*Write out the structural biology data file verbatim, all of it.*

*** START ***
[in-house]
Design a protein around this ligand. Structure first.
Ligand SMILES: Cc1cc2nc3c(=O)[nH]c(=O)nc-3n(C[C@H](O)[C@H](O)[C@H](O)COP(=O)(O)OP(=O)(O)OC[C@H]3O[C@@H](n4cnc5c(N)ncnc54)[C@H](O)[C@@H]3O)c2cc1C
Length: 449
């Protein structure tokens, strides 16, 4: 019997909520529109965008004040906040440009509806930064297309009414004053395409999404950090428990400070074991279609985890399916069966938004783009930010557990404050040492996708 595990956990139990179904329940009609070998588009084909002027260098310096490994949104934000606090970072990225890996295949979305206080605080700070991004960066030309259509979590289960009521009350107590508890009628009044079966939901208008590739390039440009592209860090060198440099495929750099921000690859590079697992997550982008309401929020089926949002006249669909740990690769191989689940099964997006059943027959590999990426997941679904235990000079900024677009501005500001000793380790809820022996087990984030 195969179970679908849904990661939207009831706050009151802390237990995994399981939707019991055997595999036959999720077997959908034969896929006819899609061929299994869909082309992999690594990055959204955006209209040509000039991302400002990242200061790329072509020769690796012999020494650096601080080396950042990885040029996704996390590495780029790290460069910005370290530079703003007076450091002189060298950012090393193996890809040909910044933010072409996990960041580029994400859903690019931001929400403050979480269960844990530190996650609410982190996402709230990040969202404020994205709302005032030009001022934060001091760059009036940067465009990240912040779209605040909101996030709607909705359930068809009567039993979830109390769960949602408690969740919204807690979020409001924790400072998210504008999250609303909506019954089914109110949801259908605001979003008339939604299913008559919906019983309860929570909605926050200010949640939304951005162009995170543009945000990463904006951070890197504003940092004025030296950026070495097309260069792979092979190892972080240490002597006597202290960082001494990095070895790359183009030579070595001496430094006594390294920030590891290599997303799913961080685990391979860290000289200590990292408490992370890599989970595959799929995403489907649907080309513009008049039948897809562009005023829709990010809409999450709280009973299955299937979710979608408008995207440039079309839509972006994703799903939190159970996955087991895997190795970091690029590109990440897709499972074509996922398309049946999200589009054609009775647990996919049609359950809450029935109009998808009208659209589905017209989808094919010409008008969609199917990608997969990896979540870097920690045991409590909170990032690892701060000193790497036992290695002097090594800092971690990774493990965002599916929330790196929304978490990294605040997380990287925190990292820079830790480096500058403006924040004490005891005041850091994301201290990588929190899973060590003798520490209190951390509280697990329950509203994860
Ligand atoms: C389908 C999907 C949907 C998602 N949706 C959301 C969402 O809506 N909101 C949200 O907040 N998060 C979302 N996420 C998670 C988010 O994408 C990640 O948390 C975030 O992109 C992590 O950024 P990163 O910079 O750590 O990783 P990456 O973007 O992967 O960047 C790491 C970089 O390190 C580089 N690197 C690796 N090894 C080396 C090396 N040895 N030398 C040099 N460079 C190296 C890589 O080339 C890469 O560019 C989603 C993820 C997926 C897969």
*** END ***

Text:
[in-house]
Design a protein around this ligand. Structure first.
Ligand SMILES: Cc1cc2nc3c(=O)[nH]c(=O)nc-3n(C[C@H](O)[C@H](O)[C@H](O)COP(=O)(O)OP(=O)(O)OC[C@H]3O[C@@H](n4cnc5c(N)ncnc54)[C@H](O)[C@@H]3O)c2cc1C
Length: 449
């Protein structure tokens, strides 16, 4: 019997909520529109965008004040906040440009509806930064297309009414004053395409999404950090428990400070074991279609985890399916069966938004783009930010557990404050040492996708 595990956990139990179904329940009609070998588009084909002027260098310096490994949104934000606090970072990225890996295949979305206080605080700070991004960066030309259509979590289960009521009350107590508890009628009044079966939901208008590739390039440009592209860090060198440099495929750099921000690859590079697992997550982008309401929020089926949002006249669909740990690769191989689940099964997006059943027959590999990426997941679904235990000079900024677009501005500001000793380790809820022996087990984030 195969179970679908849904990661939207009831706050009151802390237990995994399981939707019991055997595999036959999720077997959908034969896929006819899609061929299994869909082309992999690594990055959204955006209209040509000039991302400002990242200061790329072509020769690796012999020494650096601080080396950042990885040029996704996390590495780029790290460069910005370290530079703003007076450091002189060298950012090393193996890809040909910044933010072409996990960041580029994400859903690019931001929400403050979480269960844990530190996650609410982190996402709230990040969202404020994205709302005032030009001022934060001091760059009036940067465009990240912040779209605040909101996030709607909705359930068809009567039993979830109390769960949602408690969740919204807690979020409001924790400072998210504008999250609303909506019954089914109110949801259908605001979003008339939604299913008559919906019983309860929570909605926050200010949640939304951005162009995170543009945000990463904006951070890197504003940092004025030296950026070495097309260069792979092979190892972080240490002597006597202290960082001494990095070895790359183009030579070595001496430094006594390294920030590891290599997303799913961080685990391979860290000289200590990292408490992370890599989970595959799929995403489907649907080309513009008049039948897809562009005023829709990010809409999450709280009973299955299937979710979608408008995207440039079309839509972006994703799903939190159970996955087991895997190795970091690029590109990440897709499972074509996922398309049946999200589009054609009775647990996919049609359950809450029935109009998808009208659209589905017209989808094919010409008008969609199917990608997969990896979540870097920690045991409590909170990032690892701060000193790497036992290695002097090594800092971690990774493990965002599916929330790196929304978490990294605040997380990287925190990292820079830790480096500058403006924040004490005891005041850091994301201290990588929190899973060590003798520490209190951390509280697990329950509203994860
Ligand atoms: C389908 C999907 C949907 C998602 N949706 C959301 C969402 O809506 N909101 C949200 O907040 N998060 C979302 N996420 C998670 C988010 O994408 C990640 O948390 C975030 O992109 C992590 O950024 P990163 O910079 O750590 O990783 P990456 O973007 O992967 O960047 C790491 C970089 O390190 C580089 N690197 C690796 N090894 C080396 C090396 N040895 N030398 C040099 N460079 C190296 C890589 O080339 C890469 O560019 C989603 C993820 C997926 C897969």